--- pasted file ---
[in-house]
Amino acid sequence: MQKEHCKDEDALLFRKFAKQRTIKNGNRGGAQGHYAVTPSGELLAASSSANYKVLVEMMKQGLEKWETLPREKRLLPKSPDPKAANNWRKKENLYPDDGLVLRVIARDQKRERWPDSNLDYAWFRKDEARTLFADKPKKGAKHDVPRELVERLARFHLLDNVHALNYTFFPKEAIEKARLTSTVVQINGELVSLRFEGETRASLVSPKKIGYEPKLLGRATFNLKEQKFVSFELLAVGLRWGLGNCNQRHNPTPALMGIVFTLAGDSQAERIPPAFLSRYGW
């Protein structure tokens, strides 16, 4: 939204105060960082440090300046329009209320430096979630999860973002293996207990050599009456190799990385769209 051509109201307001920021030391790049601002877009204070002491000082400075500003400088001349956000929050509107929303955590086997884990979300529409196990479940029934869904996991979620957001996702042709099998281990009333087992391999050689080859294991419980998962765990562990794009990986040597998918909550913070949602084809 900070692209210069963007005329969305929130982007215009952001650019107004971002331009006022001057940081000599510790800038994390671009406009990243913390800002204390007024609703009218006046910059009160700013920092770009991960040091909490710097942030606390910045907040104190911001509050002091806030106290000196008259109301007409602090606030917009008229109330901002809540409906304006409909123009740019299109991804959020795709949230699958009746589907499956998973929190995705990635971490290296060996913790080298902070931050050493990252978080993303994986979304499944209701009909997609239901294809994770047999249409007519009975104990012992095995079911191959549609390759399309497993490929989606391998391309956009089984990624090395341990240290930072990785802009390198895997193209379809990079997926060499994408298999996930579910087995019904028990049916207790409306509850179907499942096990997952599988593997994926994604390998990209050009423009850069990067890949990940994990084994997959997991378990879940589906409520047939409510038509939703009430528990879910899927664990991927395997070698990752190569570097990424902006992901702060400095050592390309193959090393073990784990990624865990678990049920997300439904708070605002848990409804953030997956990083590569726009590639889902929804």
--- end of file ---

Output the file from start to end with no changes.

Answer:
[in-house]
Amino acid sequence: MQKEHCKDEDALLFRKFAKQRTIKNGNRGGAQGHYAVTPSGELLAASSSANYKVLVEMMKQGLEKWETLPREKRLLPKSPDPKAANNWRKKENLYPDDGLVLRVIARDQKRERWPDSNLDYAWFRKDEARTLFADKPKKGAKHDVPRELVERLARFHLLDNVHALNYTFFPKEAIEKARLTSTVVQINGELVSLRFEGETRASLVSPKKIGYEPKLLGRATFNLKEQKFVSFELLAVGLRWGLGNCNQRHNPTPALMGIVFTLAGDSQAERIPPAFLSRYGW
């Protein structure tokens, strides 16, 4: 939204105060960082440090300046329009209320430096979630999860973002293996207990050599009456190799990385769209 051509109201307001920021030391790049601002877009204070002491000082400075500003400088001349956000929050509107929303955590086997884990979300529409196990479940029934869904996991979620957001996702042709099998281990009333087992391999050689080859294991419980998962765990562990794009990986040597998918909550913070949602084809 900070692209210069963007005329969305929130982007215009952001650019107004971002331009006022001057940081000599510790800038994390671009406009990243913390800002204390007024609703009218006046910059009160700013920092770009991960040091909490710097942030606390910045907040104190911001509050002091806030106290000196008259109301007409602090606030917009008229109330901002809540409906304006409909123009740019299109991804959020795709949230699958009746589907499956998973929190995705990635971490290296060996913790080298902070931050050493990252978080993303994986979304499944209701009909997609239901294809994770047999249409007519009975104990012992095995079911191959549609390759399309497993490929989606391998391309956009089984990624090395341990240290930072990785802009390198895997193209379809990079997926060499994408298999996930579910087995019904028990049916207790409306509850179907499942096990997952599988593997994926994604390998990209050009423009850069990067890949990940994990084994997959997991378990879940589906409520047939409510038509939703009430528990879910899927664990991927395997070698990752190569570097990424902006992901702060400095050592390309193959090393073990784990990624865990678990049920997300439904708070605002848990409804953030997956990083590569726009590639889902929804």